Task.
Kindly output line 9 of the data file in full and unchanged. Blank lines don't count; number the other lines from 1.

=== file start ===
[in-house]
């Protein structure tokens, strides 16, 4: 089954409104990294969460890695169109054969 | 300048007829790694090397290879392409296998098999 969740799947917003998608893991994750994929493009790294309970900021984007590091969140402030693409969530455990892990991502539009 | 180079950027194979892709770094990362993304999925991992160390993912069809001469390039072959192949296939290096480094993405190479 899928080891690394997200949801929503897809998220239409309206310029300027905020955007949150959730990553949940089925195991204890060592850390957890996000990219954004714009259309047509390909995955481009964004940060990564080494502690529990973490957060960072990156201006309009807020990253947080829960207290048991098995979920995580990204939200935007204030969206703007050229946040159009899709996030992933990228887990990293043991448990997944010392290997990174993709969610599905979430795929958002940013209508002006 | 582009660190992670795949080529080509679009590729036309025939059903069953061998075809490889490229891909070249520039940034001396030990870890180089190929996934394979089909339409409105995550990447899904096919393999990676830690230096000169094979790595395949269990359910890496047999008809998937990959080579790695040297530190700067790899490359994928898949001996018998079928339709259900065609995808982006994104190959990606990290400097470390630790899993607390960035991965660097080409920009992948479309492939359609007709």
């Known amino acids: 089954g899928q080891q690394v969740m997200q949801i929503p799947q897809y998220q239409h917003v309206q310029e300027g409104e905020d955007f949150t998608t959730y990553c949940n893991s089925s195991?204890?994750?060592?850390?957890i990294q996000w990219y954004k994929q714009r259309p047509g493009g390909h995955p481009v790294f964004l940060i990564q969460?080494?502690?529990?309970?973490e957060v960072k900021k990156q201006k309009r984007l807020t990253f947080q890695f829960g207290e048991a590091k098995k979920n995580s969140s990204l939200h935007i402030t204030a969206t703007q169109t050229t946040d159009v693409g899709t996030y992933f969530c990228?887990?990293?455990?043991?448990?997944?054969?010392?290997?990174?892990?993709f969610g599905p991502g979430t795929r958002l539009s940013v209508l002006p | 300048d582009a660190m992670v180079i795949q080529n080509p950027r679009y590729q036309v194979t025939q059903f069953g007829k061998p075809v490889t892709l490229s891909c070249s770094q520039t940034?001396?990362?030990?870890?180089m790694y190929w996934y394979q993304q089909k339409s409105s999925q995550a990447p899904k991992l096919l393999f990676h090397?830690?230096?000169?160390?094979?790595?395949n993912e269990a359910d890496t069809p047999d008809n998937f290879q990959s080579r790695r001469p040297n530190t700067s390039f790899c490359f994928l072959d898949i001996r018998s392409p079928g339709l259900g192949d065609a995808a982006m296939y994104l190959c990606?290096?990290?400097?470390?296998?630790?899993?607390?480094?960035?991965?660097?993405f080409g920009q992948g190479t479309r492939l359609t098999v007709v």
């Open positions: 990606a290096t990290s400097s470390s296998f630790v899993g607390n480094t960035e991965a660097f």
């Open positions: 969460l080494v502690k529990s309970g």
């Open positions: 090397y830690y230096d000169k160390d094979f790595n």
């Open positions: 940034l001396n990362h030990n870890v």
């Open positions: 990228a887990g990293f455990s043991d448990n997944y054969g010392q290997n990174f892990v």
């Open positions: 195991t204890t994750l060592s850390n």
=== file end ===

């Open positions: 195991t204890t994750l060592s850390n």